Java, Madura & Bali



Press Release, Civil Society forum (CSF) for Climate Justice

Jakarta- Indonesia, March 23st, 2011.

Indonesia’s parliament has noted that during 2008 to 2010 the Government’s climate change debt to Japan, France and the World Bank for climate change-related loans amounted to USD 1.907 billion. Yet the public do not know what these funds are being used for. Meanwhile, fisherfolk, farmers and fi

Down to Earth No. 76-77 May 2008

Concerns about food security worldwide are growing as rice prices have more than doubled in many countries over the last year and global rice stocks are the lowest for decades. Meanwhile the Indonesian government needs to consider how to increase rice production and to protect the food supplies of the poor.

The United Nations Food and Agriculture Organization voiced concern when international rice prices rocketed to a 20-year high in late March with the global benchmark price at over US$500 per tonne.

Down to Earth No. 72 March 2007

CGI creditor group disbanded

Indonesia's creditor group, the Consultative Group on Indonesia, has been disbanded after President Susilo Bambang Yudhoyono said it was no longer needed. The January announcement was officially welcomed the World Bank, former CGI chair and one of Indonesia's three main creditors alongside the Asian Development Bank and Japan.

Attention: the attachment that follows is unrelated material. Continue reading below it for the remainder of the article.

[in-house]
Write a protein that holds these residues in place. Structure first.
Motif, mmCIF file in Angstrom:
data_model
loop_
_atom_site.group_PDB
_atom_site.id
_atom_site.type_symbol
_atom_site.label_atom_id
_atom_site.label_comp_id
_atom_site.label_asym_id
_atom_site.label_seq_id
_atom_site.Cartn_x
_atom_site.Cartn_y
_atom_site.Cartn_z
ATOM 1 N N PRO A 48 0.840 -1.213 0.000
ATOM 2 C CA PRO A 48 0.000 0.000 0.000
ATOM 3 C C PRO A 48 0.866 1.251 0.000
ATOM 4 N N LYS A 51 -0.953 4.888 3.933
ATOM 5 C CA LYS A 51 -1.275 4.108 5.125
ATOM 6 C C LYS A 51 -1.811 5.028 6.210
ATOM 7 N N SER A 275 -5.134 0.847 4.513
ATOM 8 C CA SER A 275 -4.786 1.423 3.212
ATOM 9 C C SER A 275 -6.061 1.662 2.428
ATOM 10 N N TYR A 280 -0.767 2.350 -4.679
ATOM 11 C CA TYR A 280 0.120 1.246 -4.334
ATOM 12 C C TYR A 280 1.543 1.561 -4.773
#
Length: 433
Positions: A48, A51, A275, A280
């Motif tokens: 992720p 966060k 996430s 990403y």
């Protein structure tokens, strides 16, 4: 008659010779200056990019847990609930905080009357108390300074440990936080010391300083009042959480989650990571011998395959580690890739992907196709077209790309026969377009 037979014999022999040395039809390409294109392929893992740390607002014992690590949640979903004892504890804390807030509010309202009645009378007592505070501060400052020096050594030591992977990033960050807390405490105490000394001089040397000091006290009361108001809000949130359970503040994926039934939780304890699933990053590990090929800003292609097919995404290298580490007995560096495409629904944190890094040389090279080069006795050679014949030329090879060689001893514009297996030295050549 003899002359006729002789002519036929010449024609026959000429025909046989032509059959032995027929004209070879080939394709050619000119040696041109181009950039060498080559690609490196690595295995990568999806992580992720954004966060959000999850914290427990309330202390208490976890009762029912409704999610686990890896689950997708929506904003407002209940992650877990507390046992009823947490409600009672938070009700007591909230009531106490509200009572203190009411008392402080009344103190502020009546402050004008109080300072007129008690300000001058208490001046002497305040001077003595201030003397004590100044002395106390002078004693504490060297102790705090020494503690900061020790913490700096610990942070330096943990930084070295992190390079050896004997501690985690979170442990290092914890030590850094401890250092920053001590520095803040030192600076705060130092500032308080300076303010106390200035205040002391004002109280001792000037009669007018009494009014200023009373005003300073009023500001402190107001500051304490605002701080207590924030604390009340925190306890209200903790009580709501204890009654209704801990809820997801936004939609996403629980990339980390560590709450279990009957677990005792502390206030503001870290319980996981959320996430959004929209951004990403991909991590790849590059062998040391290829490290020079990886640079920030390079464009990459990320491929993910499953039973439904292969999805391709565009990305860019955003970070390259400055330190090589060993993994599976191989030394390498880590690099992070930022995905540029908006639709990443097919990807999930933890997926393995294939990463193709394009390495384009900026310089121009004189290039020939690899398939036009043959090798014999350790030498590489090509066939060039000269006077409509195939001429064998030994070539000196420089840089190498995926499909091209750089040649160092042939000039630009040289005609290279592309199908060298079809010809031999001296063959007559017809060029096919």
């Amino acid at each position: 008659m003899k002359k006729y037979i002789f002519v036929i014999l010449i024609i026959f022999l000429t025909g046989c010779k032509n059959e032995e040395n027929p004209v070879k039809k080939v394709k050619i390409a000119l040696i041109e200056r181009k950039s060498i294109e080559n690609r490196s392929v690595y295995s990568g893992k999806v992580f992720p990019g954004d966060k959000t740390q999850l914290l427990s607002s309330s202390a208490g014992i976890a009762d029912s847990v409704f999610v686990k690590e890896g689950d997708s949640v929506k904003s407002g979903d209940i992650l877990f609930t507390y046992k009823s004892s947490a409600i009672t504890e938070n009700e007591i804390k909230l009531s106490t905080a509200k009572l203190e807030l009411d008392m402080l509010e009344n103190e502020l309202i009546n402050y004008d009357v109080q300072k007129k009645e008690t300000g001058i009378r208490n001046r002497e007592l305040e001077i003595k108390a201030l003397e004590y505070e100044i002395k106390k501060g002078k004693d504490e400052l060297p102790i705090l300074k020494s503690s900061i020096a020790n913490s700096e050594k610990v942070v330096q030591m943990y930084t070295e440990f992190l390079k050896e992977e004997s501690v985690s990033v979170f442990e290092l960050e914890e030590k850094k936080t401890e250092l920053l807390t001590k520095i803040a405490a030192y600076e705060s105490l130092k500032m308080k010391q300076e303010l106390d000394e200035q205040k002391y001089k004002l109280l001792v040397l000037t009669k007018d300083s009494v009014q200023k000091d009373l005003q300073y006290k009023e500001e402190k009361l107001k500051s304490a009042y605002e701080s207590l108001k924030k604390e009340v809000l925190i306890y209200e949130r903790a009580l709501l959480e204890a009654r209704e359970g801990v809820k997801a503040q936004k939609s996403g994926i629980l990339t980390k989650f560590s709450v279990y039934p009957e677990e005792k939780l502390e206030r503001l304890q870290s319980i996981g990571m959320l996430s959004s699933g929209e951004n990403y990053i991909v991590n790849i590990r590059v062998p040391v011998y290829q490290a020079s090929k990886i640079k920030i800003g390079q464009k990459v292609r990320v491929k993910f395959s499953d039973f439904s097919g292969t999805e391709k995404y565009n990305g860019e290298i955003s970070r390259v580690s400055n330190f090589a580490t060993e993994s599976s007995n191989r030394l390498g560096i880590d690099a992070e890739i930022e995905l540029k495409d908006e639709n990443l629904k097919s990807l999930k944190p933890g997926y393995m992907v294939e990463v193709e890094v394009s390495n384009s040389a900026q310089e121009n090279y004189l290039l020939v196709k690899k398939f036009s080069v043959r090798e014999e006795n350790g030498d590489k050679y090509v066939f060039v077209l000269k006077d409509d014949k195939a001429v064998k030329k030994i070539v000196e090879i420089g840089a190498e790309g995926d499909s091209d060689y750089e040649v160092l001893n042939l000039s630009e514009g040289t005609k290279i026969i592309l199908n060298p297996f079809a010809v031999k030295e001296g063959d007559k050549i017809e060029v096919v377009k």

Fatal chemical explosion, East Java

WALHI East Java has called for a halt to production and an investigation into PT Petrowidada following an explosion at the company's chemical plant on January 20 which resulted in two dead, 50 others severely injured, and dozens evacuated from the surrounding area. A joint investigation by WALHI East Java and other local groups has documented several past explosions.

Down to Earth No 58  August 2003

Indonesia is being pushed by powerful mining multinationals to open up protected forests for mining, but the international campaign to prevent yet more forest destruction is gaining momentum.

A final decision on whether or not companies can mine in Indonesia's protected forests - putting at risk some of the most biodiverse ecosystems in the world - is expected to be issued by Indonesia's parliament soon.

An Indonesian NGO coalition, led by mining advocacy network, JATAM, is campaigning to ma

Down to Earth No 51 November 2001


Despite a poor social and environmental record across the globe, commercial aquaculture - intensive fish-farming - is still regarded as having a bright future in Indonesia. According to former marine affairs minister Sarwono, of Indonesia's total fish production, 82% is from capture fisheries. "We need to push for aquaculture to boost fish production" he told a March workshop.

Down to Earth No. 45, May 2000

Coastal communities are being impoverished by large-scale illegal fishing operations; the country's coral reefs are badly damaged and its mangroves are rapidly disappearing. Indonesia's coastal resources are facing a grave crisis. The question now is whether the government of President Wahid has the political commitment to stop the devastation.